class=”articletitle”> The Wall Street Journal reports that the Senate version does not contain the provision that could trump state law and some federal court precedents which have restricted to some degree an insurer’s right to recover some of the health care costs paid out to injured employees.
class=”articletitle”> According to the Journal, even though most health plans can recover the cost of medical care from worker settlements, some rulings and laws have put caps on just how much of the settlement can go to the insurer or employer. The House bill could weaken these protections by widening the right of recovery – or subrogation – for all employees who have received a settlement, according to the newspaper.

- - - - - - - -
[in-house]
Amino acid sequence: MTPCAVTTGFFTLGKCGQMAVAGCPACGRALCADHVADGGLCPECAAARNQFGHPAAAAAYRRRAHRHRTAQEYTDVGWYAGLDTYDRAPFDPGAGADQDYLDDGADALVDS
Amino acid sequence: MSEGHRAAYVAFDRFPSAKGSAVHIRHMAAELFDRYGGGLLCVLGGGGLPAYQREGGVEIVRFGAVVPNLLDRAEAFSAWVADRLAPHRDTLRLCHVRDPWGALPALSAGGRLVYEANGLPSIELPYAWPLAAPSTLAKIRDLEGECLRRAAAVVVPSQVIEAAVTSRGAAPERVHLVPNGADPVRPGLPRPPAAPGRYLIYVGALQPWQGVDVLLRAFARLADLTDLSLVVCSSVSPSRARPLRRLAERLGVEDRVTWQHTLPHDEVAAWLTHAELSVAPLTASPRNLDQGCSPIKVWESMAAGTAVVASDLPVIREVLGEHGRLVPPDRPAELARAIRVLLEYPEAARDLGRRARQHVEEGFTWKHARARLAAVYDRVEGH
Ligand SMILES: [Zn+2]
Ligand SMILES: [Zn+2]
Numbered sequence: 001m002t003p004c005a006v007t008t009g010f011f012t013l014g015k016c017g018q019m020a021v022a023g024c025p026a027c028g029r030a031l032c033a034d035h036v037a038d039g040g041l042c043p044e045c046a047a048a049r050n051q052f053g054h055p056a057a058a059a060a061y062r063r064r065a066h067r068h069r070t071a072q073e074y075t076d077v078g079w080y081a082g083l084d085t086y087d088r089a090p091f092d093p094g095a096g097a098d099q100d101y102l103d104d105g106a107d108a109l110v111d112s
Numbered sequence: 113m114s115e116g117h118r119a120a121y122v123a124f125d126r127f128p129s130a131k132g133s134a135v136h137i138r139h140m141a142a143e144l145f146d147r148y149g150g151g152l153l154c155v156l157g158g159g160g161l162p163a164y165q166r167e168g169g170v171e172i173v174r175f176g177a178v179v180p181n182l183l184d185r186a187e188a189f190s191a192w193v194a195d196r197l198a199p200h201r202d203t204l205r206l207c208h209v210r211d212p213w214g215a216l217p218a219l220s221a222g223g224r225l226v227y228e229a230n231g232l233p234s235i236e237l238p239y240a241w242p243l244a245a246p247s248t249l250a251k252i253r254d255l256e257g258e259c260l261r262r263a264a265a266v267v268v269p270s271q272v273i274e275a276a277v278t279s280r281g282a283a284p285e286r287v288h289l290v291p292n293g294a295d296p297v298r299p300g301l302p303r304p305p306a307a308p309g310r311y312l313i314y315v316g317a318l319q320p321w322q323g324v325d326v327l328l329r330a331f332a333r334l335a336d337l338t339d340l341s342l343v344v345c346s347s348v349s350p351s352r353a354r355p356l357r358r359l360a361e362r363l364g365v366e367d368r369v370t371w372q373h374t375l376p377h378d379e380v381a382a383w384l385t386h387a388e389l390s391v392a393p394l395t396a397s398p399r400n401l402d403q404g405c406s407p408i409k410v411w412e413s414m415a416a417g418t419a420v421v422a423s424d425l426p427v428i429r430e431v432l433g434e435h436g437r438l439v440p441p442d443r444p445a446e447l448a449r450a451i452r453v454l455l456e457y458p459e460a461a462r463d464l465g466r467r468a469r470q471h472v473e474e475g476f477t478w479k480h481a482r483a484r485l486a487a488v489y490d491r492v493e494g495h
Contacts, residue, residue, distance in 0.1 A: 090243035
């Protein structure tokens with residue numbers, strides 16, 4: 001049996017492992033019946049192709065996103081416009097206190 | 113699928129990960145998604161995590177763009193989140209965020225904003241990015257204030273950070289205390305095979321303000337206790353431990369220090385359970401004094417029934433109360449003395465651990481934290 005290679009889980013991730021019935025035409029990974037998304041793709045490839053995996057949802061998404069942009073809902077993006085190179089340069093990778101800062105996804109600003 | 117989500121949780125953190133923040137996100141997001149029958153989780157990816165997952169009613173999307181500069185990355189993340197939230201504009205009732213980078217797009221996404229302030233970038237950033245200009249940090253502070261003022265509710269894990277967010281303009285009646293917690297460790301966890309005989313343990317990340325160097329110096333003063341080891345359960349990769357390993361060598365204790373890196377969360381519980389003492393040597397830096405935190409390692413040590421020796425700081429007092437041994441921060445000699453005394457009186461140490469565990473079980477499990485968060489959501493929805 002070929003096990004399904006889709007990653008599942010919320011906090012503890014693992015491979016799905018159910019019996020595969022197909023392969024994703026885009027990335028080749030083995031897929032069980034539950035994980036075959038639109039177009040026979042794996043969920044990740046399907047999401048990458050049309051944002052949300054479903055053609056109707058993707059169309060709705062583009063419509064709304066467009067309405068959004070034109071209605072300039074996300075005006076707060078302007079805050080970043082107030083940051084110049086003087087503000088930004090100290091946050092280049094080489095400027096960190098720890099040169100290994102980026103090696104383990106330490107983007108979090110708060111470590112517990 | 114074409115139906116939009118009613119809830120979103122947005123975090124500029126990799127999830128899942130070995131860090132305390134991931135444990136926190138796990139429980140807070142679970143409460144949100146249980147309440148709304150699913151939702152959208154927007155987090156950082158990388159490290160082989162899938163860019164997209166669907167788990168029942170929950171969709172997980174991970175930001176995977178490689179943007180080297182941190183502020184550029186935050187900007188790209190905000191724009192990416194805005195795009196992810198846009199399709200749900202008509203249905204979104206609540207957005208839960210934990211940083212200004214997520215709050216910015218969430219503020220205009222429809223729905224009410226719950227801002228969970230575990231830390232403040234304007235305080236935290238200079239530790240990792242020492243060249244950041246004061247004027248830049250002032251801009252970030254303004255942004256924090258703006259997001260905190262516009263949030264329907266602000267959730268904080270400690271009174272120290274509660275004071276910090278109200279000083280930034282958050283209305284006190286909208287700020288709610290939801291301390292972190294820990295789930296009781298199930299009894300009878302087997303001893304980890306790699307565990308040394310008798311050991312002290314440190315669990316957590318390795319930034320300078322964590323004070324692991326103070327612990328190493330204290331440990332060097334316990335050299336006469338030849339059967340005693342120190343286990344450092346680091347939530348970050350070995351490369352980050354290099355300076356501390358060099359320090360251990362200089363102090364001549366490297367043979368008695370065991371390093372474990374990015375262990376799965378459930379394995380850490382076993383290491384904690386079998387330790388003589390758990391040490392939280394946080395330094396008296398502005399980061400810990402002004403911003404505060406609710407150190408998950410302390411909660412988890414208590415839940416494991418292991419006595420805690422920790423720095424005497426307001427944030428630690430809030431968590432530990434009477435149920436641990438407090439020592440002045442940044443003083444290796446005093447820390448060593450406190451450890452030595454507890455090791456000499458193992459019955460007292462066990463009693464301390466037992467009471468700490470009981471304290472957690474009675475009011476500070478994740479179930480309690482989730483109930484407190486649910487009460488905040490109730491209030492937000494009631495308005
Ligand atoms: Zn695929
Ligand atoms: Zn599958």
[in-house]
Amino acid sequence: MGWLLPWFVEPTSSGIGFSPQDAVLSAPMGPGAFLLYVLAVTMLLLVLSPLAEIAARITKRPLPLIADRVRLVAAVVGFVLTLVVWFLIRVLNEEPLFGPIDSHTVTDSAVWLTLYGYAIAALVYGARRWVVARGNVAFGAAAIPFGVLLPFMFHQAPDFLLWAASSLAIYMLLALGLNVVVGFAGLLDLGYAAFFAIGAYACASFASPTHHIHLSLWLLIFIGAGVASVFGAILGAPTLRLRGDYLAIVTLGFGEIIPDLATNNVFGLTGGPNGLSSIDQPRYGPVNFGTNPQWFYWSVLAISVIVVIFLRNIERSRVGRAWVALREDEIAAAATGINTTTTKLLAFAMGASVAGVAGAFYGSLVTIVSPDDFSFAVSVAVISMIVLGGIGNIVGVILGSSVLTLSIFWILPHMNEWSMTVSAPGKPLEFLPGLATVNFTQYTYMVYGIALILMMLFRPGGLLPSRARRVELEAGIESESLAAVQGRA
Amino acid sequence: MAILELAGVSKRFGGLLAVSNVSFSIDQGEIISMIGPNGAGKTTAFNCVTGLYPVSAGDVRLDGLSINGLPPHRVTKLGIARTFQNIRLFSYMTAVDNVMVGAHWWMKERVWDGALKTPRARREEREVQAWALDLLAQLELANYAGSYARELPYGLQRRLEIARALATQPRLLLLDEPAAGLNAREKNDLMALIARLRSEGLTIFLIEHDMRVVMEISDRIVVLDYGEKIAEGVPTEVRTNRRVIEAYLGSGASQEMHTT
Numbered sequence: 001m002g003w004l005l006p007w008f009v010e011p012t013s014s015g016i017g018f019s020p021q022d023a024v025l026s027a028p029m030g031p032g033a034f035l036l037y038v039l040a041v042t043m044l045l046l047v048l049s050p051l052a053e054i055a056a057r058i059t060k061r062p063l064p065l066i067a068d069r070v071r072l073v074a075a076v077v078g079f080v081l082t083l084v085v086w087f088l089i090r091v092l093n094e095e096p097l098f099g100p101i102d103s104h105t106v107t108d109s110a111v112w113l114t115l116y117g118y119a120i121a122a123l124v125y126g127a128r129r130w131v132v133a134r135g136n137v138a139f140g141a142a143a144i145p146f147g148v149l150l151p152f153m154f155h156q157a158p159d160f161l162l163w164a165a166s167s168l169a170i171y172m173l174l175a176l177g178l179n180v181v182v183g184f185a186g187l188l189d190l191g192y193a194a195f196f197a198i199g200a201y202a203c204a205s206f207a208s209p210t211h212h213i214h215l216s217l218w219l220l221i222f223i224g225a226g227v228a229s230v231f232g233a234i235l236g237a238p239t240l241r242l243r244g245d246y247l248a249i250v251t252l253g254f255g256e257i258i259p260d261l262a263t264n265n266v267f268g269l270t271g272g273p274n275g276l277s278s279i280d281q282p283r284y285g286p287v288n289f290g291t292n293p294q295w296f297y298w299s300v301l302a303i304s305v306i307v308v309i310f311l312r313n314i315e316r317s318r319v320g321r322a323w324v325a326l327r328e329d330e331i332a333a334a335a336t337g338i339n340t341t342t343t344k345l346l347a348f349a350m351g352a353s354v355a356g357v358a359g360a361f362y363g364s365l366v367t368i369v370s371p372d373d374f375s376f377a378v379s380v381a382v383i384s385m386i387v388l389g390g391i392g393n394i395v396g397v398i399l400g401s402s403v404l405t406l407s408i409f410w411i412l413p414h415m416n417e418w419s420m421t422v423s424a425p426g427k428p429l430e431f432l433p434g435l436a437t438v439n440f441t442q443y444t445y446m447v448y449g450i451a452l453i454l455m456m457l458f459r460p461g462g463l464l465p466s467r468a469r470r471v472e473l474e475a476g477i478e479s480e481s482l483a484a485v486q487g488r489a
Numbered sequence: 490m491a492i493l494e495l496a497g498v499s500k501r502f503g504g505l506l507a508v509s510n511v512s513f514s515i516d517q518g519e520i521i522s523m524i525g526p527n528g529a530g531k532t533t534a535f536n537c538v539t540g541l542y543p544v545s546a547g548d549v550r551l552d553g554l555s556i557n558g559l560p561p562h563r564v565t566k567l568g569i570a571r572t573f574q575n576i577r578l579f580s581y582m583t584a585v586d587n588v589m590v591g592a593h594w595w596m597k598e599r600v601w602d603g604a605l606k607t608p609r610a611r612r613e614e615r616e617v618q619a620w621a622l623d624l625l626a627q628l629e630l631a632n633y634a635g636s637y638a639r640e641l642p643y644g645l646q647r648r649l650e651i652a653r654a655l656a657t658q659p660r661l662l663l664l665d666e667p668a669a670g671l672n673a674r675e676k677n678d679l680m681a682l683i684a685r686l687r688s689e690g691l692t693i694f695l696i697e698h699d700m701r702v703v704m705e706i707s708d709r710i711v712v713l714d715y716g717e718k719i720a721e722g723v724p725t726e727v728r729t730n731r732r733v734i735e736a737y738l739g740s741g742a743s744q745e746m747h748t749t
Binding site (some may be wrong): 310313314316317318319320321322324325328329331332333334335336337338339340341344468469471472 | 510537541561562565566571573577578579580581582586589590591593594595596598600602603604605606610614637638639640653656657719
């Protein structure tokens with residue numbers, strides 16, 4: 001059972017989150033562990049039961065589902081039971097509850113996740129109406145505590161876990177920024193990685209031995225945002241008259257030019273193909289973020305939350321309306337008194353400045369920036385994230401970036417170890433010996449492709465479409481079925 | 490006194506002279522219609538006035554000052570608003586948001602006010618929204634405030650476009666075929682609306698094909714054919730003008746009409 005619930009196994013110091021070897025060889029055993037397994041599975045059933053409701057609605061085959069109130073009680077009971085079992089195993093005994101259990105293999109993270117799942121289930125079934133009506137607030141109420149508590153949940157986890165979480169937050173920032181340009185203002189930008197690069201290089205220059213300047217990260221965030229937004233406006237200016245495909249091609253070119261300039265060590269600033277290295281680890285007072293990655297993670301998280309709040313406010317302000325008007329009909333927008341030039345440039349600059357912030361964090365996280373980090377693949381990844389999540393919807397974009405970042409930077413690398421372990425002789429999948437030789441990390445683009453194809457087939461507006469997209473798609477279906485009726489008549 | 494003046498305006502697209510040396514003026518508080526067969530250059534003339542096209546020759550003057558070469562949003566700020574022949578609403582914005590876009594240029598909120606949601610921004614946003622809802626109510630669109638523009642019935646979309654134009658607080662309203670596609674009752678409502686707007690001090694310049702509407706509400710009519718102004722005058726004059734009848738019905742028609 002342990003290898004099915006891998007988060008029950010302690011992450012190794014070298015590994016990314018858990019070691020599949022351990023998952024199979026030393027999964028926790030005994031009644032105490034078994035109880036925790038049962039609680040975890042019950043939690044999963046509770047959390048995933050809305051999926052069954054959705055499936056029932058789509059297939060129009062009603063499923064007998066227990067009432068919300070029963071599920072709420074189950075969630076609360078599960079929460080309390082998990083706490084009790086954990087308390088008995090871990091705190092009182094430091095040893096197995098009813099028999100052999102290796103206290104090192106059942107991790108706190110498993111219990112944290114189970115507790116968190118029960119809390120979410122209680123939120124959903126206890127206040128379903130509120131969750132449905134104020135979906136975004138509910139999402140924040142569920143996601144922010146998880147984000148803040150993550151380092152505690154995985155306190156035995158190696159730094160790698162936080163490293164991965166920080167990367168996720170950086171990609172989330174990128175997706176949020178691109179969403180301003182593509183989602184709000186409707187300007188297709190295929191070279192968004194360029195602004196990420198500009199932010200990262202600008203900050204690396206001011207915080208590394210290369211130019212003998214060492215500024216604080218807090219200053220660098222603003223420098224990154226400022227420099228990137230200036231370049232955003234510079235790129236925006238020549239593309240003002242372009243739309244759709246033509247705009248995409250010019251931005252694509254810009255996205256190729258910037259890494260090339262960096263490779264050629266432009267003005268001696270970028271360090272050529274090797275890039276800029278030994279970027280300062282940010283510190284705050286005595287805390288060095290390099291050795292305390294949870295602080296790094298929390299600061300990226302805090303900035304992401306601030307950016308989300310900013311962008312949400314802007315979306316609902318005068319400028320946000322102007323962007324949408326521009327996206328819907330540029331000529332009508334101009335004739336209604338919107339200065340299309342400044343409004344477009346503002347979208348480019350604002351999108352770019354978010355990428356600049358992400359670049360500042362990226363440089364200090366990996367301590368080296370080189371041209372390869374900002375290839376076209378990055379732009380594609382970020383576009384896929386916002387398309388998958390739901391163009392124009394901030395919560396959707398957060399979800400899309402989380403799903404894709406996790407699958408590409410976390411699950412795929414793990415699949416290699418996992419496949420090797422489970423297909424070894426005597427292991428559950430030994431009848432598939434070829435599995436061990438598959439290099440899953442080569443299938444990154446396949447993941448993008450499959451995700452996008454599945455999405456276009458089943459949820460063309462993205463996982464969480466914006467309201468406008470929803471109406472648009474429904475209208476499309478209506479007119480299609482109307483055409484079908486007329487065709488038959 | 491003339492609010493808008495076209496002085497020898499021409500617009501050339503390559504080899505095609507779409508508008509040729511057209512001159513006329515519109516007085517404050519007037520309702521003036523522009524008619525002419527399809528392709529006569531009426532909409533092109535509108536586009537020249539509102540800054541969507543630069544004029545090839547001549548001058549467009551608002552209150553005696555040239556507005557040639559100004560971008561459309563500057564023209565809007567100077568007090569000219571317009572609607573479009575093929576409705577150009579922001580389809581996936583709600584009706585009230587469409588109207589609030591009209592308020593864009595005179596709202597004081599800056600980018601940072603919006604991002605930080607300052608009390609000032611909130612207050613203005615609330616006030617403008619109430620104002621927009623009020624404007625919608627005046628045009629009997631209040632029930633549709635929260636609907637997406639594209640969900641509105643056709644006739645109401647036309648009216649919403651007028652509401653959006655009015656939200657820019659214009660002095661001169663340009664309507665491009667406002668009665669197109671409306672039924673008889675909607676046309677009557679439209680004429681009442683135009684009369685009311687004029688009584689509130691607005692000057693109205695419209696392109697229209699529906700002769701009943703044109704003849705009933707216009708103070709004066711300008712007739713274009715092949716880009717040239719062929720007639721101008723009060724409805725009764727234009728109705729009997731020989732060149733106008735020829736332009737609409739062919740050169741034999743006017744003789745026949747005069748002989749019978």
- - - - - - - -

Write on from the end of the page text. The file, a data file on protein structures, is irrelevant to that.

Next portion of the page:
class=”articletitle”> Critics of the provision say that it could leave the injured party with no compensation at all after a settlement, if insurers are allowed dip into the awarded money first.
class=”articletitle”> Supporters of the measure, however, argue that giving health plan’s a way to recovery with employees’ legal settlements would be one way to stifle total health care costs.
class=”articletitle”> The Senate and House have yet to reconcile the two versions of pension reform legislation The reconciliation process started in March and is expected to continue for weeks (See House and Senate Must Now Reconcile Reform Bills).